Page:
Marlow Stern says that's what Dragged Across Concrete, Mel Gibson's new film, is.
Context is certainly required before a final judgment is passed but it sure does appear that the film is aimed at Trump's hardcore base.
From Stern's review at The Daily Beast:
Mel Gibson’s New Police Brutality Movie Is a Vile, Racist Right-Wing Fantasy...
Making its world premiere in Venice, Dragged Across Concrete’s premise is as follows: a pair of detectives, Brett Ridgeman (Mel Gibson) and Anthony Lurasetti (Vince Vaughn) are caught on tape applying excessive force to a Hispanic prisoner in handcuffs, in the form of Ridgeman grinding his boot into the man’s neck until it emits a cracking sound. (During the bust, Ridgeman and Lurasetti also mock a scared, naked Latina suspect, claiming they can’t understand what she’s saying due to her accent. Both scenes are played for laughs.) With the tape destined to go viral, Ridgeman and Lurasetti are suspended for six weeks without pay, though the chief of police (Don Johnson) is sympathetic to their plight, delivering a rambling sermon about how being branded a
“racist” today is akin to getting labeled a “communist” in the 1950s—or, to quote the president, this is a WITCH HUNT! and these two violent cops are the real victims.
Though a six-week suspension seems like a mild punishment, especially considering this is the third time Ridgeman’s been busted for using excessive force, he is in desperate need of cash. You see, his wife Melanie (Laurie Holden) has MS and his daughter is bullied by black kids on her four-block trek to school. Worried that those same black kids will rape their daughter once she matures, they vow to move to a better neighborhood (presumably one with less black people). “I never thought I was a racist until living in this area,” Melanie says, her husband nodding in agreement. So Ridgeman cooks up a plan to rob an out-of-town crook, and ropes in Lurasetti with a Forgotten Man spiel: “I don’t politic, I don’t change with the times,” he explains, lamenting how that matters more in today’s world than “good, honest hard work.”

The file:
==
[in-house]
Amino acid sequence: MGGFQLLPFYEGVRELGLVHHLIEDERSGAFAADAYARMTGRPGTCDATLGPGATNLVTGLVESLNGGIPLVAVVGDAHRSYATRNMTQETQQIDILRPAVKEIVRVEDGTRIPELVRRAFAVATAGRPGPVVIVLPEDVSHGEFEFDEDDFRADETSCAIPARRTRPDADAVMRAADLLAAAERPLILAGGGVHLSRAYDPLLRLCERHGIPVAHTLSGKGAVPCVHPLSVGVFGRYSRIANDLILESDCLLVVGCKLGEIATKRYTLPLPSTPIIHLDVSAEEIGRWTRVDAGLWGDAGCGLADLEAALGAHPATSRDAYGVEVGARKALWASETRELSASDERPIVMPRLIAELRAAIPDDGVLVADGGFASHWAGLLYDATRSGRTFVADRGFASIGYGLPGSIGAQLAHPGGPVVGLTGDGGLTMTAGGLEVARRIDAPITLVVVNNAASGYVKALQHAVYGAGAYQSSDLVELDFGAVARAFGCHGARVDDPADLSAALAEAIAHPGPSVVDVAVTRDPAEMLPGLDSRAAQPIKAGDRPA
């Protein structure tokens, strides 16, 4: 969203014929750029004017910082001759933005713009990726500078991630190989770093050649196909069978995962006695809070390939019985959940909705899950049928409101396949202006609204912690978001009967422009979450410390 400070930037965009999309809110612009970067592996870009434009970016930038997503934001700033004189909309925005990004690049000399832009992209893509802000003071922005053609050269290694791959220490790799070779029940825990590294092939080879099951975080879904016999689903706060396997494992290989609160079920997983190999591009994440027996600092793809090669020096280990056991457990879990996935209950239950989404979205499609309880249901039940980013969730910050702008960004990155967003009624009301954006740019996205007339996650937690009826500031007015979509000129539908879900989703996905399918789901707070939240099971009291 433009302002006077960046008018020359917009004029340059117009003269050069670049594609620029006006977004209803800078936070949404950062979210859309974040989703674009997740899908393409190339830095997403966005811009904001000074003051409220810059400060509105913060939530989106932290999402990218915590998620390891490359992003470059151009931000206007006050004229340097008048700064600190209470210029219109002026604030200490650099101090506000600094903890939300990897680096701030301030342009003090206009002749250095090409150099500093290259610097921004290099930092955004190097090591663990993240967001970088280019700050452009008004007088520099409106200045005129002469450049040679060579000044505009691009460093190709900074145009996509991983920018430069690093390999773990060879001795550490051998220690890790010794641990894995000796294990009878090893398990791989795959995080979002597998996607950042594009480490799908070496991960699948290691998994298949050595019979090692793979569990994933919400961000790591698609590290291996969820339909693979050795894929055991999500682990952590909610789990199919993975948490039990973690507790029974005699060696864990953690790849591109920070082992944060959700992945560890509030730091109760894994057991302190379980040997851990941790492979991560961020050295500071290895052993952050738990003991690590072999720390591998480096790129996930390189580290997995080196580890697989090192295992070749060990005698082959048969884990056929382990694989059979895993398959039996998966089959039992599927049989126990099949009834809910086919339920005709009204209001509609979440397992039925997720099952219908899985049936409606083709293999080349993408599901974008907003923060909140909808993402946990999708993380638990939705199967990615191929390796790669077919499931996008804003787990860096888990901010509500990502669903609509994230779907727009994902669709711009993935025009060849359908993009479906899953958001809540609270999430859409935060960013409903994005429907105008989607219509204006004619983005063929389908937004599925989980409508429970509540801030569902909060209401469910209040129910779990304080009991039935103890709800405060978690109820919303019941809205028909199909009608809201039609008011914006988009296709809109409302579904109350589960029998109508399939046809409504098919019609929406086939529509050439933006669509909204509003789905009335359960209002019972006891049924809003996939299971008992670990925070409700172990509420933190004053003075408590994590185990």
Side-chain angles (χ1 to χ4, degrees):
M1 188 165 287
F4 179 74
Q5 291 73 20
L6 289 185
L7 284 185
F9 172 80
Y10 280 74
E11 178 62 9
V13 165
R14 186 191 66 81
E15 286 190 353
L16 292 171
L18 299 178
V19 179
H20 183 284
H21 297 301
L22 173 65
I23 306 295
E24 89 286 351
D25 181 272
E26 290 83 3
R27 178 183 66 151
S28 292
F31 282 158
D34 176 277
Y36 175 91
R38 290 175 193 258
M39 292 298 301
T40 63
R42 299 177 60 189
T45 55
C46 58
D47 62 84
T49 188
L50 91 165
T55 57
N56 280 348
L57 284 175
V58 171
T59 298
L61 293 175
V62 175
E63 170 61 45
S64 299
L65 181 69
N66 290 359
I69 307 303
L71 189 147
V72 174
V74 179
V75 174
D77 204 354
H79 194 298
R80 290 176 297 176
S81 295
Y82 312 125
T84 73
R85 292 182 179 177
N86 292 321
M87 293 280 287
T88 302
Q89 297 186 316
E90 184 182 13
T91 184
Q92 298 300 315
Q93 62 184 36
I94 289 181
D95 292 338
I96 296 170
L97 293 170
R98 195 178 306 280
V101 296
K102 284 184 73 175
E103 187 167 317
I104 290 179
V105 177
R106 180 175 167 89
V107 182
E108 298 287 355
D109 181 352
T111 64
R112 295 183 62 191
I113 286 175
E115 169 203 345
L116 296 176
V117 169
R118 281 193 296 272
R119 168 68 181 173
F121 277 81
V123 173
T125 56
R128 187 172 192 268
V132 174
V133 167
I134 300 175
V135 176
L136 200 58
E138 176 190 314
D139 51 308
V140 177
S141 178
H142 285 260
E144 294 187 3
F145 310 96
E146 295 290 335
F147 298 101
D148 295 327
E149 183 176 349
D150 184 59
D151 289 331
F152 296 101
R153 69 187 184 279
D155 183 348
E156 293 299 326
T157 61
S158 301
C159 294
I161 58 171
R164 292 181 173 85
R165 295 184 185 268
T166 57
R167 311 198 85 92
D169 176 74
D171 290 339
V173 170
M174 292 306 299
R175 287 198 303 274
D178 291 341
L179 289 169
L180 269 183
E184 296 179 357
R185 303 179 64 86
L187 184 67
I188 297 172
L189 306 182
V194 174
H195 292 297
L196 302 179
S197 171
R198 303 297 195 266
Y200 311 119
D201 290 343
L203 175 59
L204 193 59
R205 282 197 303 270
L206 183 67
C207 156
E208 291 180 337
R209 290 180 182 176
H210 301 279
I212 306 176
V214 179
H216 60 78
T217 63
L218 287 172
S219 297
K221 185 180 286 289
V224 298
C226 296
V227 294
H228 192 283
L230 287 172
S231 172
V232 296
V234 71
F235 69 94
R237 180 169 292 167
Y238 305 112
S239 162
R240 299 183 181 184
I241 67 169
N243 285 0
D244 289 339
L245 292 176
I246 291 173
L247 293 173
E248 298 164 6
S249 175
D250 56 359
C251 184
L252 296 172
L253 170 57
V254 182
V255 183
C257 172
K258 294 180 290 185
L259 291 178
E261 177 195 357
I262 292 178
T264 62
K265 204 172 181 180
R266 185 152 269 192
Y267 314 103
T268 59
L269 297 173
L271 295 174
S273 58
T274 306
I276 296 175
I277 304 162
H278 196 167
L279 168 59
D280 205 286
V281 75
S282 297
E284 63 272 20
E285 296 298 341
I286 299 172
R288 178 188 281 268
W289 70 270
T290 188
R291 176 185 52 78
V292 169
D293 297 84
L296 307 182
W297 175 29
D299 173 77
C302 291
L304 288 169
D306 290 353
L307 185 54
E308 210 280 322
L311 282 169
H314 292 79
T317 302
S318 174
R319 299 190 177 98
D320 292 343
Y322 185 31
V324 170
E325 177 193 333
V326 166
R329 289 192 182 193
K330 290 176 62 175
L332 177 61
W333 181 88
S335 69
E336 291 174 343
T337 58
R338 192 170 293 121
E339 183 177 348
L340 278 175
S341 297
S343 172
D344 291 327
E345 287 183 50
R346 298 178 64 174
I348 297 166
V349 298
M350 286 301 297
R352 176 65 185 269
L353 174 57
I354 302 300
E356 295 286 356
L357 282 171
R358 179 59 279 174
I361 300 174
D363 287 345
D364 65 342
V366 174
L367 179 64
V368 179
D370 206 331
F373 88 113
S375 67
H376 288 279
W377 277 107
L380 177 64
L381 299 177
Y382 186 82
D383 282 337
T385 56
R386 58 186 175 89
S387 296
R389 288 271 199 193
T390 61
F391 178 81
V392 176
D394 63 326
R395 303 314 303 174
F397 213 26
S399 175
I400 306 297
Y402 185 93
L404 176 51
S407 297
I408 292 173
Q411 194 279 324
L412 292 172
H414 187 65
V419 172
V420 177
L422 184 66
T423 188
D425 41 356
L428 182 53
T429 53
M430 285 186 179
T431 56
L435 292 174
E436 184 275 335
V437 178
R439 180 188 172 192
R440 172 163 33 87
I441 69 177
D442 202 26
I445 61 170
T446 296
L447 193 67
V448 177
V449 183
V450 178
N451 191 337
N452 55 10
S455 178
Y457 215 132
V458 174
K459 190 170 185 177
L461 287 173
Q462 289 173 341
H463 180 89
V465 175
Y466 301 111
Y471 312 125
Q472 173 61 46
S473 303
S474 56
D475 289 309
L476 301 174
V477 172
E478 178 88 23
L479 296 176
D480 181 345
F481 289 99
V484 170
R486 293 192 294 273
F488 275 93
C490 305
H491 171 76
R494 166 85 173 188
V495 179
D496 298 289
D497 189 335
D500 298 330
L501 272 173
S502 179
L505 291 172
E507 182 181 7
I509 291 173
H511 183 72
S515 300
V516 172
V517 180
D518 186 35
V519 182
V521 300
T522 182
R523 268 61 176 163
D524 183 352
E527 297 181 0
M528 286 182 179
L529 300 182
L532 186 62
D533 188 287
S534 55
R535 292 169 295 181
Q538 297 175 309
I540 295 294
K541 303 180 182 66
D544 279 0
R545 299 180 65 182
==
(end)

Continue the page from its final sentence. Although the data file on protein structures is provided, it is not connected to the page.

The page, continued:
Things don’t go as planned, of course.And this from Variety:
His younger partner Lurasetti (Vaughn) is the more temperate and ethically conscious of the two, and even he’s a crude, heedless racist — though he dimly insists that ordering “a cup of dark roast every Martin Luther King Day” proves otherwise.